For Mark Gomez, it’s been a really, really, really good year. One minute the 20-year-old is an aspiring, up-and-coming freeride star. The next, he’s riding a vintage stand-up Jet Ski around a pool for Adidas, then flown to the Florida Keys to do his thing in a movie co-produced by Hollywood heavyweights Steven Spielberg and Michael Bay.
One amazing story? Trust me…it gets better.
Living the Dream
If anything could top what has already transpired for Gomez, it’s that he grew up a classic PWC video fan, watching guys like Scott Watkins, Chris Fischetti, Harry Goatcher, and his personal hero, Larry Rippenkroeger, shred on video.
“As a kid in diapers to now I grew up watching the 1980's film Jet Dreams,” relates Gomez. “Most kids now a day can be content watching Finding Nemo or some other Disney movie day in and day out. Jet Dreams was my movie. I remember grabbing my dad’s workout bench to drag it in front of the TV and standing on top of it with a broom stick for a handlepole. I would watch these legends tear it up on screen.”
It’s almost a Hollywood plot of its own that Gomez’s own chance to share that video screen came via Rippenkroeger. Now a successful movie stuntman, the “Ripper” was involved with the search for a professional monkey. Literally. The job was for Kia’s 2010 Super Bowl commercial, a now infamous part that saw the Kia sock monkey tearing up the town on both land and water. “Apparently I met the criteria of a 5' 2" guy who could do a barrel roll off a boat wake,” explains Gomez. Though the part eventually went to another talented rider — Chris MacClugage — Gomez had made it onto Rippenkroeger’s radar.
And that connection soon paid off. In July, Rippenkroeger pointed another stuntman, Sean Graham, in Gomez’s direction. Graham was looking for a PWC stunt man who could double for popular Hangover actor Ken Jeong, piloting a gold Jet Ski in a small pool. The bit was for an Adidas commercial, starring Jeong and NBA star Derrick Rose. In less than a week, Gomez was officially in the stunt business.
“The shoot was interesting,” he recalls. Asked at the last minute to double for Jeong at the top of the star’s “lady pyramid,” he donned a cheap wig and gold Adidas track suit, and soon found himself in bikini heaven. “They had the smoking hot models in gold bikinis stand one row at a time on the platform with a huge blue screen that was put up in front of the house. I was shown a small non-vocal repeating clip of the close up they took of Ken waving him arms that I would have to recreate. Knowing nothing else I was positioned up on the platform and was coached on how to move, then was confused when the director told me to scream ‘Freaky like my lady pyramid!’ I couldn’t have cared less, I screamed that as loud as I could in full character for five minutes over and over again in different movements with the comforting joyous thought ‘I’m getting paid’ in the back of my mind.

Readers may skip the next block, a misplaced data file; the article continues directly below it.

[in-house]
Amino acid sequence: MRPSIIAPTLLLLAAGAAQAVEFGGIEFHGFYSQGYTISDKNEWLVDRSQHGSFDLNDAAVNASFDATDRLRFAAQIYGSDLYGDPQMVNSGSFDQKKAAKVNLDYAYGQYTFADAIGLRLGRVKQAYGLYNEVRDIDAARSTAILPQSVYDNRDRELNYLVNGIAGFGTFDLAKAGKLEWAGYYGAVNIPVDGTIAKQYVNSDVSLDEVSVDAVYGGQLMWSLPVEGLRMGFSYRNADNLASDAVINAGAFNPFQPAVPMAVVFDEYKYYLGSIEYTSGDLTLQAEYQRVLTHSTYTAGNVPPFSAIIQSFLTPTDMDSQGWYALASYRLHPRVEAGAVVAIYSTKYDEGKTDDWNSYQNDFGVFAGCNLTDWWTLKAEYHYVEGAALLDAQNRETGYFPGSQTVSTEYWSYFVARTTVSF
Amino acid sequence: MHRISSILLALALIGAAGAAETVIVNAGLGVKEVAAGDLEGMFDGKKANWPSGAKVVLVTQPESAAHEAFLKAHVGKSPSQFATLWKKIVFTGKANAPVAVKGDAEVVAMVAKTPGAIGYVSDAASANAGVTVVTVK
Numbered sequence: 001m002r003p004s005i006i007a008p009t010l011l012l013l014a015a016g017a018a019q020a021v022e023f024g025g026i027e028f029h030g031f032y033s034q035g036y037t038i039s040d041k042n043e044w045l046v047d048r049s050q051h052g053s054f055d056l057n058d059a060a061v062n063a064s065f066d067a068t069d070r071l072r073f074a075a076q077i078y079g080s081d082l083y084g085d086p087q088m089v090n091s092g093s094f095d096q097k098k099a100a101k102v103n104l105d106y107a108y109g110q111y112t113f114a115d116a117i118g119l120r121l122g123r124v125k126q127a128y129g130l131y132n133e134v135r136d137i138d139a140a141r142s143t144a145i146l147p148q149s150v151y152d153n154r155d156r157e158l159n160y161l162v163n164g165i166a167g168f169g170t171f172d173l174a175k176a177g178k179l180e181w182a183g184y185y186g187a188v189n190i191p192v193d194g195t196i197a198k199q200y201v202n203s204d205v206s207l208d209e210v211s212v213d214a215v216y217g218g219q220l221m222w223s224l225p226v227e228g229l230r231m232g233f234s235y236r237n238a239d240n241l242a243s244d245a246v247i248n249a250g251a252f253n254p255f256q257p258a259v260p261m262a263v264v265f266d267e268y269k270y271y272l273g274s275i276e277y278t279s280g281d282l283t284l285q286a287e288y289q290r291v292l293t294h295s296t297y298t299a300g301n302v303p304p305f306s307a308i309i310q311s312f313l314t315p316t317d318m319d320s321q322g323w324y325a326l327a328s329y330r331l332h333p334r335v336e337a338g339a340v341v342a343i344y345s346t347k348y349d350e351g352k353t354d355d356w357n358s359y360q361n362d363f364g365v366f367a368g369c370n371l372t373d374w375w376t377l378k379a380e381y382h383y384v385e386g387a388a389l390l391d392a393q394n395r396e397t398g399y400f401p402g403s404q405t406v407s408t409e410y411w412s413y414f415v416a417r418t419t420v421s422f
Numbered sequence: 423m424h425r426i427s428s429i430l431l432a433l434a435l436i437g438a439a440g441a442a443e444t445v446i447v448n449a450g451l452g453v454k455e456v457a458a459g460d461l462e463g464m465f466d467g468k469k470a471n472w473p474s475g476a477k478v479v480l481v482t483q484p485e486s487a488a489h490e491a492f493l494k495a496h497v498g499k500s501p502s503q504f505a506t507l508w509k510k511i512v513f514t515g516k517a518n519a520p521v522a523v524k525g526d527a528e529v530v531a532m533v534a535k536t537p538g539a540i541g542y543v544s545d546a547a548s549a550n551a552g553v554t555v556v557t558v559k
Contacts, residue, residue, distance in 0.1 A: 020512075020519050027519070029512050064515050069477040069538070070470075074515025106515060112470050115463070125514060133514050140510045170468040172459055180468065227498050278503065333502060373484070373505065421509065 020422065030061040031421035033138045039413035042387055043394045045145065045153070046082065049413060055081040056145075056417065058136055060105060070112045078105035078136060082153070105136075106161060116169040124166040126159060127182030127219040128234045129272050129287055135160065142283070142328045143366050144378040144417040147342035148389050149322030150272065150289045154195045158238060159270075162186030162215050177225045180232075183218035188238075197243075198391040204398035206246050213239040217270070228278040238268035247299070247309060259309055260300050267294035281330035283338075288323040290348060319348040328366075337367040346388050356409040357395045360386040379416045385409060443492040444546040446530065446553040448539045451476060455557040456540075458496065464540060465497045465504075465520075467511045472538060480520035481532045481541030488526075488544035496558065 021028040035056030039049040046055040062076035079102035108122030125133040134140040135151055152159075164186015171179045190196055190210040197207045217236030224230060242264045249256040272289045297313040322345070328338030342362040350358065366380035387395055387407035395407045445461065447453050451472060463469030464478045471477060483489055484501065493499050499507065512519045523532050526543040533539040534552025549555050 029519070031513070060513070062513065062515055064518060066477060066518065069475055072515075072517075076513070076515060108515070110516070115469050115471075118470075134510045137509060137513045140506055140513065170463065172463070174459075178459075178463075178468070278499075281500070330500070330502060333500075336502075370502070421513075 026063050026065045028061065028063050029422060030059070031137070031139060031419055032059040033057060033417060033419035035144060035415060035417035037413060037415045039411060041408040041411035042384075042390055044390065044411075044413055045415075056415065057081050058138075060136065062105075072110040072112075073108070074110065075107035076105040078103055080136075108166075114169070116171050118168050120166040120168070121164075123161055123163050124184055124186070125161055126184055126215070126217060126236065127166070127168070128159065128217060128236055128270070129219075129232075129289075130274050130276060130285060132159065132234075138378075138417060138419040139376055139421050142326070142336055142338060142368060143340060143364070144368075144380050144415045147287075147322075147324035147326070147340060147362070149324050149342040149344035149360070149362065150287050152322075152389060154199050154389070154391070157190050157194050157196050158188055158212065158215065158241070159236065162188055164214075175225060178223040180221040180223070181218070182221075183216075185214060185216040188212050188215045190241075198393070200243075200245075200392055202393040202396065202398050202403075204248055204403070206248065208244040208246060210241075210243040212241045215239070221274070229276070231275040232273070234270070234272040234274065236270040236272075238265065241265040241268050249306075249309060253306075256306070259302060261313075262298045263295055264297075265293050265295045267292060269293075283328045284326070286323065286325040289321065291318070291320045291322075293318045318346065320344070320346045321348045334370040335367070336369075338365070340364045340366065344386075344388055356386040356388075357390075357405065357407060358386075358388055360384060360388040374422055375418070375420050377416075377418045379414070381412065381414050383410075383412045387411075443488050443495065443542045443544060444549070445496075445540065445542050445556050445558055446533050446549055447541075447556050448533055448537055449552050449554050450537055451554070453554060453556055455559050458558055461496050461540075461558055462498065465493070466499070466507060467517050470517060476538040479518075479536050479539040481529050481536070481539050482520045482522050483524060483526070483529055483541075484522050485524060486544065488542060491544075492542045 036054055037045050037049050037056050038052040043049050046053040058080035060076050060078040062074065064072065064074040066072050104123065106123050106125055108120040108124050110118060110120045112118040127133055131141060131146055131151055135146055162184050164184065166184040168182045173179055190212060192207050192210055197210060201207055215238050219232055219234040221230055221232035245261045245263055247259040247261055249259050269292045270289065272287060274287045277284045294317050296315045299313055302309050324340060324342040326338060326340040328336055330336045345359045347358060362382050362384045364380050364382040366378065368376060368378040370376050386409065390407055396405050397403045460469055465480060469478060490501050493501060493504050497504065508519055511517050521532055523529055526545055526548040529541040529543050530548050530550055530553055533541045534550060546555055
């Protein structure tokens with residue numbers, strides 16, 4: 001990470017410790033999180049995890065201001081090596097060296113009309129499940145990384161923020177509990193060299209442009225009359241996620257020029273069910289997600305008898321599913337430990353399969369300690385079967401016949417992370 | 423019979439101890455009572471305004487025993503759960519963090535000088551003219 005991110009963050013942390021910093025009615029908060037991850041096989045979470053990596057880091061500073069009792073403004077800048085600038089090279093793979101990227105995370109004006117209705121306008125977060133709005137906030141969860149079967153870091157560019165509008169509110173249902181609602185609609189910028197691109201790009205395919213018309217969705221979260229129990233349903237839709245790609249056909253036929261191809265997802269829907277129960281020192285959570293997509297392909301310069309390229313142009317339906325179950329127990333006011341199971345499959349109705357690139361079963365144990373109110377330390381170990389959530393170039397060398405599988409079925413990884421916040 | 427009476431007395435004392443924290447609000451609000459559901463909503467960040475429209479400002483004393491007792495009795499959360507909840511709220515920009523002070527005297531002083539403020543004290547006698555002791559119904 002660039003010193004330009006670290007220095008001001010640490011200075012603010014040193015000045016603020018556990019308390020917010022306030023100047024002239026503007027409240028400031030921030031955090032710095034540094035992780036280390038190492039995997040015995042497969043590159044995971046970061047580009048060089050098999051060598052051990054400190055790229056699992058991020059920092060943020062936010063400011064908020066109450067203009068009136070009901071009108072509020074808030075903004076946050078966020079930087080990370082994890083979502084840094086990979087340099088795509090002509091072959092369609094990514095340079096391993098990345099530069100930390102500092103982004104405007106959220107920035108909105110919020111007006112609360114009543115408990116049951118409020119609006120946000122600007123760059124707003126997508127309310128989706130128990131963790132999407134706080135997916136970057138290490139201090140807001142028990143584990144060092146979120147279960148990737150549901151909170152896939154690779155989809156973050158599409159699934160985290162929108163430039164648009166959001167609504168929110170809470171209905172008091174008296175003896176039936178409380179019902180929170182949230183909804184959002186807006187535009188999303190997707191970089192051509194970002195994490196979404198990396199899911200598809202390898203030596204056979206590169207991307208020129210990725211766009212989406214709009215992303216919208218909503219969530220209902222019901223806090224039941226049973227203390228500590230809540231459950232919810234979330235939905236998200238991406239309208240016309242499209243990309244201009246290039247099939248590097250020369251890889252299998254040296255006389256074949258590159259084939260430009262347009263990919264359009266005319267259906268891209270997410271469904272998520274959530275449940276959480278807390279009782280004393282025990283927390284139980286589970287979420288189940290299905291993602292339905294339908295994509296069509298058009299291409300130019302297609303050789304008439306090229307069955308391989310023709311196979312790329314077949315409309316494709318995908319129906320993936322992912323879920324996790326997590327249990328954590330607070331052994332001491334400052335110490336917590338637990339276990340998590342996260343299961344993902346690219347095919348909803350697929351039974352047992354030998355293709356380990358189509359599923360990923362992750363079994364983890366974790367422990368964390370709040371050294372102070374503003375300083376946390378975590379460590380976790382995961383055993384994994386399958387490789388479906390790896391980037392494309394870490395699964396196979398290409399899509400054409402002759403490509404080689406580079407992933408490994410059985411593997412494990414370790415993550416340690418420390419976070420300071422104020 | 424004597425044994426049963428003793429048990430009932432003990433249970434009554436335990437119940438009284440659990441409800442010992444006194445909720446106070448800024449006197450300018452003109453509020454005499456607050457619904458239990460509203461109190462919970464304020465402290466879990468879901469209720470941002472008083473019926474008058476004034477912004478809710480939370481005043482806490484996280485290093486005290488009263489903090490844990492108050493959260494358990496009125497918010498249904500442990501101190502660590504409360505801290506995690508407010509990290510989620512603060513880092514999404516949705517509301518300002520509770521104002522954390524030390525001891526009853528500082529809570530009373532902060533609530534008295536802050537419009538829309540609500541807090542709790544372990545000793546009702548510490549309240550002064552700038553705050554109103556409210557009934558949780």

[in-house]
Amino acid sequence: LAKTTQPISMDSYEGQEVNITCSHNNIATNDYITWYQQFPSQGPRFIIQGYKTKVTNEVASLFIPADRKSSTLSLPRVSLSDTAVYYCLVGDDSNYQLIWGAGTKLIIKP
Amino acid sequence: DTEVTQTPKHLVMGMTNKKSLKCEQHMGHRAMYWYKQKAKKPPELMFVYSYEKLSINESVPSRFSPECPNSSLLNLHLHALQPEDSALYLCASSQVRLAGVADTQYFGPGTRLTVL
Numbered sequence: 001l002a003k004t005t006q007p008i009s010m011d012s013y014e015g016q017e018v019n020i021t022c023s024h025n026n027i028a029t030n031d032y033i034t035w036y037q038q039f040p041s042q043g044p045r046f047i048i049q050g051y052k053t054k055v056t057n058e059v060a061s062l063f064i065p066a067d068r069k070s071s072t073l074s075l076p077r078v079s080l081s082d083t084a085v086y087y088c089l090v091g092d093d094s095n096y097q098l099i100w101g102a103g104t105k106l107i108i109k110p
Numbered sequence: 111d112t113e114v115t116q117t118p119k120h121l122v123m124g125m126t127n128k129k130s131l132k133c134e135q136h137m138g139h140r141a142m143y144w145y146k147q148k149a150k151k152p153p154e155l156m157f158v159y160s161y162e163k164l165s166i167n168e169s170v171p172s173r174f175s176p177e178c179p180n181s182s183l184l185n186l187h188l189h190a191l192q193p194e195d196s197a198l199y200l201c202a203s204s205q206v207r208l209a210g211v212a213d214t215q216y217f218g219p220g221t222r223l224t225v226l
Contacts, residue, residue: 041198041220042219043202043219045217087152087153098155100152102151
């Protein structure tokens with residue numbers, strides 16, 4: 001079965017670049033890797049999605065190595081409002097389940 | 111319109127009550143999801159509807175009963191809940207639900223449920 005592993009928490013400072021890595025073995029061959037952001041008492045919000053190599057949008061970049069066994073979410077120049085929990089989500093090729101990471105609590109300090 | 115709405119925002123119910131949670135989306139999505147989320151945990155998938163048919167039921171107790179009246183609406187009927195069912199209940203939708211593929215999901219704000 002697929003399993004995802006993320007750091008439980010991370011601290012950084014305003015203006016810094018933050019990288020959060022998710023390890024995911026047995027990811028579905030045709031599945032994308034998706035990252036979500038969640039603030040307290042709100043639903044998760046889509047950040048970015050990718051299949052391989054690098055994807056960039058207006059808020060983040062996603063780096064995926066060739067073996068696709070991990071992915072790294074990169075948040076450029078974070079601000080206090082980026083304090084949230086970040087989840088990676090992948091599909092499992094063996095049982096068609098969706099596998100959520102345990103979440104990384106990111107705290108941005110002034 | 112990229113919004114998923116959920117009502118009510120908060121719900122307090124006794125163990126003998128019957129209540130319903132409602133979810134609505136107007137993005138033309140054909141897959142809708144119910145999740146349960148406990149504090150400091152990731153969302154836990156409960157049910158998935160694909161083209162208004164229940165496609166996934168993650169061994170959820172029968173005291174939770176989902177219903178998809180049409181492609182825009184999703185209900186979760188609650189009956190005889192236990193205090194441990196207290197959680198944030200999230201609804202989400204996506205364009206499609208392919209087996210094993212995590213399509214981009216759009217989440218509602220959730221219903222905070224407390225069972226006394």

“The Jet Ski scene was cool. I got out of costume and was able to practice in this extremely tiny, three-feet-deep pool. Best part about it was this was super challenging, because my Jet Ski was Clay Cullen's stock 1992 Kawasaki 550SX, only with a Skat-Trak prop and Westcoast scoop grate. With no quick steer this was a very challenging task. By the time I got going in the pool I would be just one-to-two feet from hitting the wall of the pool and the same thing if I was able to get the ski turned around. They asked if I could do any tricks. I was able to do a tailstand but the director didn’t like how slow it was and liked the last trick I could do on the ski, which was riding fast around the pool with the nose up and dragging a leg so I could actually turn in time.
“It was a great experience. For the final shoot they brought out the butler who was spooning ‘caviar’ into the pool while I rode. They had the Foot Locker ref actor lacing up the new shoe next to him on another chair, then a smoking-hot brunette actress that I was asked to do a turn in front of and soak with spray. That didn’t go so well being that I couldn’t get above 5-10 mph, none the less break the pump loose to spray her. I ended up trying on film with no practice, but couldn’t get the ski to break the pump loose going so slow and ended up into the coping of the pool deck.. Whoops. Throughout the entire day I only saw and made eye contact and exchanged a wave once with Ken Jeong before he was moved somewhere else.”